New York Times
April 1, 1958. p. 6.
Special to The New York Times
HAVANA, March 31—The Cuban Congress approved tonight a “state of national emergency” for a period of forty-five days and granted President Fulgencio Batista almost unlimited powers over the nation.
Under this legislation the President may declare martial law or take whatever steps he may consider necessary to combat the rebel forces led by Fidel Castro. The rebel leader has announced that he would call a general revolutionary strike at the “opportune” moment.
During the national emergency the President and Cabinet will assume legislative functions of Congress. The President was given authority to increase the armed forces and to organize new military units to meet the present situation. He was also authorized to create new taxes or increase present levies for the expenses of the increased military force.
Among the powers granted to the President were those to modify judicial, administrative and social procedure, fix penalties for crimes against the state and regulate the services of communication and transportation by land, sea and air. He also has almost complete control over commerce, industry and labor.
Congress met in special session following Government announcements that thirteen rebels had been killed in clashes with Cuban troops.
The army, meanwhile, took control of the Ministry of Labor as the Batista regime braced itself for the total war declared by the rebels.
A threat by Fidel Castro’s insurgent forces to attack the ministry, situated in midtown Havana, was said to have motivated the army move.
About 5,000 army troops have been fighting the rebels in Oriente Province without success while the number of insurgents has steadily increased. The Government has reinforced its garrisons and recently called for 7,700 recruits to add to its armed strength.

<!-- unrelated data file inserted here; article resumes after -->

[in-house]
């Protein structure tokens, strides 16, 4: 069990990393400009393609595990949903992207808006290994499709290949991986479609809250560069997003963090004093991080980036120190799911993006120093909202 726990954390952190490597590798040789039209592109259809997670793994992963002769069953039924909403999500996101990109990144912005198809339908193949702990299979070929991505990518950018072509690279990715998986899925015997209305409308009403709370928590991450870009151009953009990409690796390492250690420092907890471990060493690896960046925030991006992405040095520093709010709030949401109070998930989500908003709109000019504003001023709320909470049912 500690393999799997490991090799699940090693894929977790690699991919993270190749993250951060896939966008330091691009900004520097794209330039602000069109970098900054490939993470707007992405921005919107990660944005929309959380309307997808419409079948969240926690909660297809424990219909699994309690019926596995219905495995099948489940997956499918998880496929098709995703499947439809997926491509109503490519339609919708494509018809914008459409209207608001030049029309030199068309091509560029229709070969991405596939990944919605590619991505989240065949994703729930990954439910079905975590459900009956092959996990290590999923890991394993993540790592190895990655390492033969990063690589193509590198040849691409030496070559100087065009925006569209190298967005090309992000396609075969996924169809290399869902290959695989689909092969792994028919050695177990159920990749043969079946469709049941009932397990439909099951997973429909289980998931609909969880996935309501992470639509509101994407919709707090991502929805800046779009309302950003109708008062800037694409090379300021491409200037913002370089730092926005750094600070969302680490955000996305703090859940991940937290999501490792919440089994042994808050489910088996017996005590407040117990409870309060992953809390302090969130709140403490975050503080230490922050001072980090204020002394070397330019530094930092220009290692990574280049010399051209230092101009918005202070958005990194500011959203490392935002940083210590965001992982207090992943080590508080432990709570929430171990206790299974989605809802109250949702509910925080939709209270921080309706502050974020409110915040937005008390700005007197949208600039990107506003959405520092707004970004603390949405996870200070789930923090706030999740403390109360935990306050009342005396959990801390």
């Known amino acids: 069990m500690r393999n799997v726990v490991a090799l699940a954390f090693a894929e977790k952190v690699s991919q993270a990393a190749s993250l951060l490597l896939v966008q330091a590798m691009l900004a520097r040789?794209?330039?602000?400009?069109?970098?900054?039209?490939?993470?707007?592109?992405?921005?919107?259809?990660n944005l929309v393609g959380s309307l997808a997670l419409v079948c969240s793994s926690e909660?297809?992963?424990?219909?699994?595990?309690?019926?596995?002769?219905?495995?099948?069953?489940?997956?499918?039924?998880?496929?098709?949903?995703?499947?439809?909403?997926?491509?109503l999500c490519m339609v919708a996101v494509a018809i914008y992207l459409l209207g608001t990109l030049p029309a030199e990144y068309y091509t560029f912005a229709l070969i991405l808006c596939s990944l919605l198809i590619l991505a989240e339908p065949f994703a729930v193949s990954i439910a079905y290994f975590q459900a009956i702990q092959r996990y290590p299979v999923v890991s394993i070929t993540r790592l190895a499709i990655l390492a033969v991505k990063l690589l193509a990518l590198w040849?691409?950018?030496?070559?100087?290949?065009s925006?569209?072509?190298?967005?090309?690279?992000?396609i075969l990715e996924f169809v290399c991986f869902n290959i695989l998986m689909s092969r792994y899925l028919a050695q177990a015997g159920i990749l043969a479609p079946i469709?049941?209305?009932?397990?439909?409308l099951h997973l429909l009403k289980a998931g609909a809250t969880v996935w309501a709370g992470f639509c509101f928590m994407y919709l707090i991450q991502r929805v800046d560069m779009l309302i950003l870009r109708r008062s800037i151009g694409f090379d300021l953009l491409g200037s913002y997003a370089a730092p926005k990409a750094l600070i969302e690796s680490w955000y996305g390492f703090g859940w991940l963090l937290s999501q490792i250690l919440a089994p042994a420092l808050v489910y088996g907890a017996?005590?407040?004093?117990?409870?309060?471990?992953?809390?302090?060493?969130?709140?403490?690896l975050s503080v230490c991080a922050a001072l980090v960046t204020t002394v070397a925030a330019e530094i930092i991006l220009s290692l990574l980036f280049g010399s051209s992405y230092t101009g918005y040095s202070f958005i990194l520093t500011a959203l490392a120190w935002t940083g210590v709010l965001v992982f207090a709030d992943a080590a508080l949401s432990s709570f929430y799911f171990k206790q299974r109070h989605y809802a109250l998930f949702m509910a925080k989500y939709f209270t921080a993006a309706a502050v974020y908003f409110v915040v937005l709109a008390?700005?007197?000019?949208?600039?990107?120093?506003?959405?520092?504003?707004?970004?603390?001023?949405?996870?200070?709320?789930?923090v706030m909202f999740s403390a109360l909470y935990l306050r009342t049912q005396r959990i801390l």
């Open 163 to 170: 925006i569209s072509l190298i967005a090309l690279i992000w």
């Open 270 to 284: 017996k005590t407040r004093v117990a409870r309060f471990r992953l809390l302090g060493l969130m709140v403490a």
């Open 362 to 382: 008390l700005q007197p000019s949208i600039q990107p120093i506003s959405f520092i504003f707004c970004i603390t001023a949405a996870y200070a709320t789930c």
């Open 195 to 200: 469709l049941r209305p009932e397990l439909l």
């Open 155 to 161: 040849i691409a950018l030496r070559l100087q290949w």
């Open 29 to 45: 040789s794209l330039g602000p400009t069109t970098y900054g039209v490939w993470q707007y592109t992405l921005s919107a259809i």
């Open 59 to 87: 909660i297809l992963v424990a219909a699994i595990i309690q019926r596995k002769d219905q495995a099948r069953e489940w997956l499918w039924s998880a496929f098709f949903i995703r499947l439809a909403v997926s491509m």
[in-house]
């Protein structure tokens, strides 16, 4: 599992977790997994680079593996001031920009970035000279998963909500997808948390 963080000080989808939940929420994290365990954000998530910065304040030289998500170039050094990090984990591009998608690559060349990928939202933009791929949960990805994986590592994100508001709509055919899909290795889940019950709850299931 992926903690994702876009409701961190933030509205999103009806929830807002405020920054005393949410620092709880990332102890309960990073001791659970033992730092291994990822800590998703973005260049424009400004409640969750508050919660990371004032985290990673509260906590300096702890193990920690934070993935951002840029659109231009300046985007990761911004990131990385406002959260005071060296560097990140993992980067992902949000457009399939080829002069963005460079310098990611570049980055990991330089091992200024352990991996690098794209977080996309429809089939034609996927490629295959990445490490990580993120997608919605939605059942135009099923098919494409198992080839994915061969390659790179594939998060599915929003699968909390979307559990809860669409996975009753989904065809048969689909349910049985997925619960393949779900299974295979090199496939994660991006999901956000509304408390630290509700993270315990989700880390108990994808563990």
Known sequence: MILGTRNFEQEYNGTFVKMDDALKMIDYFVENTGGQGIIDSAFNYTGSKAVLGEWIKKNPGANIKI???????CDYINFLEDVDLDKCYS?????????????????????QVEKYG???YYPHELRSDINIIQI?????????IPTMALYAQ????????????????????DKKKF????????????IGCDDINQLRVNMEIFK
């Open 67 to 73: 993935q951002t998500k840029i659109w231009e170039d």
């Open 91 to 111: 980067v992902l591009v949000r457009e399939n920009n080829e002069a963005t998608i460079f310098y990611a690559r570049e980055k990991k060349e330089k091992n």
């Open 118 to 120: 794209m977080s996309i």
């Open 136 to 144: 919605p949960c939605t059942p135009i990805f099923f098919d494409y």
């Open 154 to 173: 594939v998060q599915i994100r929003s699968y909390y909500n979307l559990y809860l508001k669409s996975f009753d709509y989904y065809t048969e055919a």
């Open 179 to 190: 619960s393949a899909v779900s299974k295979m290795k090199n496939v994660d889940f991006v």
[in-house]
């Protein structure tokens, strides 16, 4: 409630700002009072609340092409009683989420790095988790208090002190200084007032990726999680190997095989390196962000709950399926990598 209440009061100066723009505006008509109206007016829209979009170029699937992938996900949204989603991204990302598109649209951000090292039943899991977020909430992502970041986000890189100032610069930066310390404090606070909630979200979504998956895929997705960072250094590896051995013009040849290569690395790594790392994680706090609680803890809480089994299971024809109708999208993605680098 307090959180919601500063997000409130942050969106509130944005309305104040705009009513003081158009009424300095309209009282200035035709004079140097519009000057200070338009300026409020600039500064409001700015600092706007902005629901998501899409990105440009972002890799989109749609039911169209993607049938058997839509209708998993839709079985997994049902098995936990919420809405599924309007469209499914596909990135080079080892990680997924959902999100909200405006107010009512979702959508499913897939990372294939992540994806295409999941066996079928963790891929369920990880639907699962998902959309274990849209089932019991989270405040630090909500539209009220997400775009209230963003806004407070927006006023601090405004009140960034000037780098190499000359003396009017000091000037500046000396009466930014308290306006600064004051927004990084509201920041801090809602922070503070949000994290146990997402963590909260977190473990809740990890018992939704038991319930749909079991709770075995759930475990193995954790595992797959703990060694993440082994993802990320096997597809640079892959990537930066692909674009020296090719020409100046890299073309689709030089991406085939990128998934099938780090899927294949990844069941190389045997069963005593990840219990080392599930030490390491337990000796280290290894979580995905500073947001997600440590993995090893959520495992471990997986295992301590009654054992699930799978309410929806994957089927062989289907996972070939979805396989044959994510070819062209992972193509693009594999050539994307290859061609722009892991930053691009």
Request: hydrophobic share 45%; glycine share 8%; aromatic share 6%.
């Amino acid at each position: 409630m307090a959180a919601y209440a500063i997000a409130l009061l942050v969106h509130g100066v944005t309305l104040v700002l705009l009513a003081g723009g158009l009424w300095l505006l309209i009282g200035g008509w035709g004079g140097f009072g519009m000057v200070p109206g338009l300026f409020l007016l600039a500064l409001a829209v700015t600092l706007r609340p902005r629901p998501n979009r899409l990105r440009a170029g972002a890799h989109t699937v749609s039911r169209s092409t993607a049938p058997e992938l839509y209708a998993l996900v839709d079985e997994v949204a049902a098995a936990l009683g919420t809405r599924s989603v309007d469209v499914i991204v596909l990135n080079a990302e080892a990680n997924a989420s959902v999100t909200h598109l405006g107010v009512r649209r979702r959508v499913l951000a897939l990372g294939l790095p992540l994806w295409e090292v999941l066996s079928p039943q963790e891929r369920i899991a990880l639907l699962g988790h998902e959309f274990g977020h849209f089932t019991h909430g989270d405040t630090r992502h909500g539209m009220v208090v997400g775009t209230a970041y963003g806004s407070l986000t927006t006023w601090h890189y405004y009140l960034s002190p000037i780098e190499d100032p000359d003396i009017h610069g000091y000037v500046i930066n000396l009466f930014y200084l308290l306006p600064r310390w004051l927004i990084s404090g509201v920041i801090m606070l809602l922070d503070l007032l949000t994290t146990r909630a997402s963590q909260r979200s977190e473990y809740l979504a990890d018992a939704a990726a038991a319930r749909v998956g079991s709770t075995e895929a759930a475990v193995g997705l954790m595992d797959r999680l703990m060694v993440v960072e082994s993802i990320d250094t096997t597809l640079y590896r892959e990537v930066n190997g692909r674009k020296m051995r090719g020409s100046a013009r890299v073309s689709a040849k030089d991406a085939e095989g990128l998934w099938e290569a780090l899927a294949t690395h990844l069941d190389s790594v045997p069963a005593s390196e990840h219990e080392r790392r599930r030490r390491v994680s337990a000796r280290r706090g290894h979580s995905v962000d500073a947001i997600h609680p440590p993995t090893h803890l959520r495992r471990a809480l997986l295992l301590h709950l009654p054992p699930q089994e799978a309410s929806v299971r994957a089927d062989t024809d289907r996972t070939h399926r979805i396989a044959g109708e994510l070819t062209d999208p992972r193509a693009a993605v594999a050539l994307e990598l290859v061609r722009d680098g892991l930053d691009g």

The Government has declared it will use every means at its command to prevent a general strike. The Confederation of Cuban Workers, the central organization controlling the island’s labor unions has warned its 1,200,000 members not to participate.
A cache of arms and ammunition valued at about $100,000 was captured this morning by the police at Santa Fé, a small beach village near Havana.
MIAMI, March 31 (UP)—Three Brooklyn men were arrested in a motel today and accused of assembling bombs that apparently were destined for use by Cuban rebels.
Those arrested were Glen Raymond Rowen, 23 years old, of 1906 Coney Island Avenue; Donald Joseph Heffren, 24, of 419 Quentin Road, and Bernard Lignowski (alias Ligin), 27, of 507 Fifth Avenue, or 1904 Kings Highway. They were charged with illegal possession of explosives.
WASHINGTON, March 31 (UP)—The State Department informed Representative Charles O. Porter, Democrat of Oregon, today that it had halted a shipment of rifles to Cuba “to allow us the opportunity of consulting further with the appropriate Cuban officials.”
Representative Porter has repeatedly called for a halt in the shipment of United States arms to Cuba while the revolution there is in progress. He read to the House the communication from the State Department, which he hailed as a sign of a “new and better Latin American foreign policy.”
BROWNSVILLE, Tex., March 31 (UP)—Fifteen of thirty-five Cuban rebels who have been on a five-day hunger strike “in the name of freedom” were in a hospital today. Although in a weakened condition, they still refused food. Their twenty comrades in jail also passed up meals.
The rebels were captured by the Coast Guard Thursday while en route to Cuba aboard a boat loaded with arms.
Sympathetic hunger strikes by two rebel Cuban factions continued here yesterday in protest against the arrest of the thirty-five men held in Brownsville.